Simultaneous Printing of Two Inks by Contact Lithography

2018-04-04T00:00:00Z (GMT) by David Moore Ravi F. Saraf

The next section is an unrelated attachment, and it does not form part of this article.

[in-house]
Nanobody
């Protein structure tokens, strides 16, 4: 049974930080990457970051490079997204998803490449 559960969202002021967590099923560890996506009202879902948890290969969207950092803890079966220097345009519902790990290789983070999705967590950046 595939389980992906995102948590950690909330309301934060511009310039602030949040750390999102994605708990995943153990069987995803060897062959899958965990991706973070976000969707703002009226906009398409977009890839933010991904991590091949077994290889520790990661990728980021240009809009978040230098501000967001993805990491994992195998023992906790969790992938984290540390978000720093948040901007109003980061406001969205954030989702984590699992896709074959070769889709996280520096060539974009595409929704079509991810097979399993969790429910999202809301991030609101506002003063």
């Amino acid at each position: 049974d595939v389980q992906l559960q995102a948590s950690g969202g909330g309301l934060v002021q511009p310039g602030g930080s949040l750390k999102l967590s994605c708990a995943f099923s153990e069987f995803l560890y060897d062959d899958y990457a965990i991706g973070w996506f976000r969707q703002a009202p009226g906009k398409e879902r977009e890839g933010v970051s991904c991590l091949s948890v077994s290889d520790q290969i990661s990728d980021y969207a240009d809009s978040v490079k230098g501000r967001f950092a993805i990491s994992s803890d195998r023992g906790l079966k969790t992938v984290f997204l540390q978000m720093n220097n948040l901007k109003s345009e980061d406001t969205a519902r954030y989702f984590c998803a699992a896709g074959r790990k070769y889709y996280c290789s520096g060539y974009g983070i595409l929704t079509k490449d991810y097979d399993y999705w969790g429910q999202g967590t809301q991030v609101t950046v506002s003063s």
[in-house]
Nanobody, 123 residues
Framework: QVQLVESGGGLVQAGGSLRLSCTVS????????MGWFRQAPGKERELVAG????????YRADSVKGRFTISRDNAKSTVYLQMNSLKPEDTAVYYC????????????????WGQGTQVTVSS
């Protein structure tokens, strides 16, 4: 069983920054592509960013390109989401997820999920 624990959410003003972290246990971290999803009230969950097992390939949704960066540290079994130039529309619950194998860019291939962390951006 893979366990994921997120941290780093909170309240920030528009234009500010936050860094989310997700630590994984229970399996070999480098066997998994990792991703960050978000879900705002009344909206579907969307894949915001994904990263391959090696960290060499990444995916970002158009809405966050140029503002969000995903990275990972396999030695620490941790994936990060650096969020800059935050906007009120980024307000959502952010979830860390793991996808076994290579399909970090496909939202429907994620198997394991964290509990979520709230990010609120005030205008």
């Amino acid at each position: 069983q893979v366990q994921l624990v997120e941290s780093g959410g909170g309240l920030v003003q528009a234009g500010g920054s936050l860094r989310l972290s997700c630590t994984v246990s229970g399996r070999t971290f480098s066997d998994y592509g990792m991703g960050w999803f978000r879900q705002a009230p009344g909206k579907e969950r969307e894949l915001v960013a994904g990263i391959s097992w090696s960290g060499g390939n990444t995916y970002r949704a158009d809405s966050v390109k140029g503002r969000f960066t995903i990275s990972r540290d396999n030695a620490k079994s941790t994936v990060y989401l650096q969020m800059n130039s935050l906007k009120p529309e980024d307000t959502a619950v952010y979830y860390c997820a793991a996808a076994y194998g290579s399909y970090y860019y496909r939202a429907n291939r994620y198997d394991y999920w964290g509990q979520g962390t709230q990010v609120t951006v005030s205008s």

Microcontact printing (μCP) is a valuable technique used to fabricate complex patterns on surfaces for applications such as sensors, cell seeding, self-assembled monolayers of proteins and nanoparticles, and micromachining. The process is very precise but is typically confined to depositing a single type of ink per print, which limits the complexity of using multifunctionality patterns. Here we describe a process by which two inks are printed concomitantly in a single operation to create an alternating pattern of hydrophobic and hydrophilic characteristics. The hydrophobic ink, PDMS, is deposited by evaporation on the noncontact region, while the hydrophilic polyelectrolyte is transferred on contact. We demonstrate that there is no gap between the two patterns using an optical–electrochemical method. We describe some potential applications of this method, including layer-by-layer deposition of polyelectrolytes for sensors and creation of a scaffold for cell culture.